How much does massage therapy school cost? One to two years of your life. You’ll also lose the ability to simply enjoy the appearance of a lovely da Vinci sketch without mentally naming every single muscle you can identify. (Hint: it’s all of them.)
Of course, that’s not the answer you’re looking for. “Show me the money!” you’re shouting at your computer screen in frustration. You want to know whether you can budget for this crazy massage school idea, and silly answers aren’t helping you. So here are some other, equally true answers, which may be somewhat more helpful.
The “actual number” answer, which isn’t particularly helpful at all:
You’ll probably pay between $5,000 and $30,000.
Really. That’s how wide a range there is. Massage school costs vary from state to state, city to city, and program to program. In the Cincinnati, Ohio area alone, you can find one school that costs $10,000 and another that costs $20,000. And while Cincy is a lovely town, it’s not exactly an enormous metropolis where you’d expect to find 32 flavors of massage training just waiting for you to try them all. So giving you a range and expecting it to give you a good idea of what you’re getting into isn’t actually the best idea.
The snarky-sounding answer that’s actually really useful:
Investigate the massage schools in your area, or in areas you wouldn’t mind relocating to. Find out their strengths and weaknesses. Ask massage businesses where their best therapists attended school. Basically, find the school of your dreams. And then call them up or look on their website and ask, “How much would I, as a student, pay in tuition? Textbooks and materials? Other fees?” Add up the various costs, and there you have your answer.
If that feels like too much commitment, try asking almighty Google, or checking the schools listed here on massageschool.org. That way, if you’re a Colorado resident with a nursing background looking to knock out 500 hours as quickly as possible, you can find an answer that doesn’t take into account the numbers meant for a newbie looking forward to 3,000 hours of schooling in British Columbia, Canada.
The answer that’s somewhere between those two:
Between immediate-but-useless and time-consuming-but-meaningful is another way of looking at the matter. Here are some examples to show you the kinds costs you’re likely to expect. If you happen to be planning to attend any of these schools, it’s your lucky day.
Let’s say you live in Sacramento, California. California requires 500 hours of training, similar to quite a few other states. You’ve decided you want to attend an independent massage school, and that you’re just interested in being licensed, not earning a degree. So using your Google-fu, you’ve narrowed down your list to two schools in the area that look good to you: Fair Oaks Massage School, which is more holistically inclined, and the Massage Therapy Institute, which has a more clinical focus. You’ll decide later which one is a better fit for your career goals; right now you just want to know what they cost.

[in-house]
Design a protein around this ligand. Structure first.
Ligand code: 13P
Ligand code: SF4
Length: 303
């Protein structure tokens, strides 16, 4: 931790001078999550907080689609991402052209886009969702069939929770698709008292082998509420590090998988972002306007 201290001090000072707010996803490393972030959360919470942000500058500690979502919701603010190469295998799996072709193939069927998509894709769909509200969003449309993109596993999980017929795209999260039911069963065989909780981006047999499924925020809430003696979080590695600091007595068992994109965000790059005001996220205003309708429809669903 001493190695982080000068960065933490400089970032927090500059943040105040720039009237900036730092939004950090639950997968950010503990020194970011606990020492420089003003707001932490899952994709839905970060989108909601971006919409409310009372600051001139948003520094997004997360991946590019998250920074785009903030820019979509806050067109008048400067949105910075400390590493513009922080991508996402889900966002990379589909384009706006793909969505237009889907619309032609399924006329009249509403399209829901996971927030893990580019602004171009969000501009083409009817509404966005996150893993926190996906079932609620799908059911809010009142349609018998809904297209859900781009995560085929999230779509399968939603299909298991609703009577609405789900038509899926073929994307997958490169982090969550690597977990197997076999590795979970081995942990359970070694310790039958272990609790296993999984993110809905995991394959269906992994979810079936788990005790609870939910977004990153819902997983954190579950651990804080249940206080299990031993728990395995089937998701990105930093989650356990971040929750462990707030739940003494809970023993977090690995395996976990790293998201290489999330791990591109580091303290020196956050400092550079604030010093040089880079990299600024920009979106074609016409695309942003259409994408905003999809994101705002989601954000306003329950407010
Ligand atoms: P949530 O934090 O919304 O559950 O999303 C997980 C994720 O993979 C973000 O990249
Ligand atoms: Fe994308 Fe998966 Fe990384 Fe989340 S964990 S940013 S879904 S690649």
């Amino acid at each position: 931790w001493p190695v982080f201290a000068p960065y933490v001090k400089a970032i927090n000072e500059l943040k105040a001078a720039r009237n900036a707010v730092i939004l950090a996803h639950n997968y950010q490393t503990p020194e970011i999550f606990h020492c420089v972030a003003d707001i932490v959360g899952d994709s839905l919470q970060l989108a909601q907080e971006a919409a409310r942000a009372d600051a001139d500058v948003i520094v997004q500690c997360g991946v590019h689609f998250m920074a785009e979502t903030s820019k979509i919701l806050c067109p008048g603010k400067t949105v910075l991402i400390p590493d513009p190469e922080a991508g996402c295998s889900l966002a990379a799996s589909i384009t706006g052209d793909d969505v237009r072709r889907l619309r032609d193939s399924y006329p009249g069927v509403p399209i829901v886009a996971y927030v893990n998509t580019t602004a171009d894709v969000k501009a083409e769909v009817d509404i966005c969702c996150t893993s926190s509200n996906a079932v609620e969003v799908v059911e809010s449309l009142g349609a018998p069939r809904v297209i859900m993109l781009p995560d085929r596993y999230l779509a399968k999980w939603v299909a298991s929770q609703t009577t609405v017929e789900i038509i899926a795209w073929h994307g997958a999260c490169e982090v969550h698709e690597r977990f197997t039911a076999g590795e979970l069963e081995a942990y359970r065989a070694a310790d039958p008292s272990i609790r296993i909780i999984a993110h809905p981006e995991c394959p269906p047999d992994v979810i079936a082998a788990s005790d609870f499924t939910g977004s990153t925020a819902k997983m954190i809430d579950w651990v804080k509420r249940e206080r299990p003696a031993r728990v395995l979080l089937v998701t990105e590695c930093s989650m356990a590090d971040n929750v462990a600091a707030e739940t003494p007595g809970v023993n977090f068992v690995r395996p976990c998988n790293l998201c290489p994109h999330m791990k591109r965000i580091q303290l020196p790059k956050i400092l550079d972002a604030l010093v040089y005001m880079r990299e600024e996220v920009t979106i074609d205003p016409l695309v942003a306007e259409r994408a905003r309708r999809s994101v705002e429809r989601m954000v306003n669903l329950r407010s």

Tuition at Fair Oaks is $6,500. There’s also a $485.94 materials fee, a $250 registration fee, and the student tuition recovery fee of a whopping three bucks. That comes to a grand total of $7238.94. The school offers weekly and monthly payment plans at no interest, and also offers a discount if you can come up with the money upfront.
What about The Massage Therapy Institute? They bundle all their costs (including that three dollar student tuition recovery fee, woo!), and it comes to a total of $5200.00. So it’s a significant difference, but still in the same ballpark. Your next step would be to decide which of these is the right place for you, then to make it happen!
But wait! You don’t live in Sacramento, you live in Cleveland, Ohio! (Because it rocks.) And, in fact, you are interested in earning a degree. You’re thinking about eventually going on to become a physical therapist, and you’ll be darned if you’re going to do all that studying without earning credits towards a four year program that will prepare you for PT school.
You’re in luck! Cuyahoga Community College offers an Associate of Applied Science degree in Massage Therapy. Tuition is $101.21 per credit hour, and the program is 62 credits, leaving you with $6275.02 in tuition. Add $240 in fees, and you get $6515.02. Of course, this is college. So feel free to add several hundred dollars worth of textbooks onto that. Call it an even $7000, maybe.
On the other hand, maybe you live outside of the county, in someplace like Medina, Ohio. In that case, your tuition + fees would come to $8203.28.
But forget these smaller cities. You’re gonna pull a Glee and move to NYC! And if you’re going to be in the biggest-name city in America, you want to attend the biggest-name massage therapy school around. Clearly The Swedish Institute is where you plan to be. What’s it going to cost you?
$28,032 in tuition, for 46 credit hours $438 per credit. Plus $984 in lab fees. Add in $100 to register and $100 to graduate, and that’ll bring you to $29,206.
Remember that $5,000-$30,000 figure? That’s where it came from.
I basically just tricked you into doing the math with me. But if it makes you feel more confident in your ability to attend (and pay for!) massage therapy school, it was worth the effort. Cost, while a major factor, shouldn’t be the only one in choosing the massage school that’s right for you. Figure out what you want first, then figure out the money aspect. After all, the worst deal in the world is any money spent on an education that you hate. A massage education is an investment in yourself. Whatever you spend, make it a good one!Image courtesy of Sujin Jetkasettakorn/ FreeDigitalPhotos.net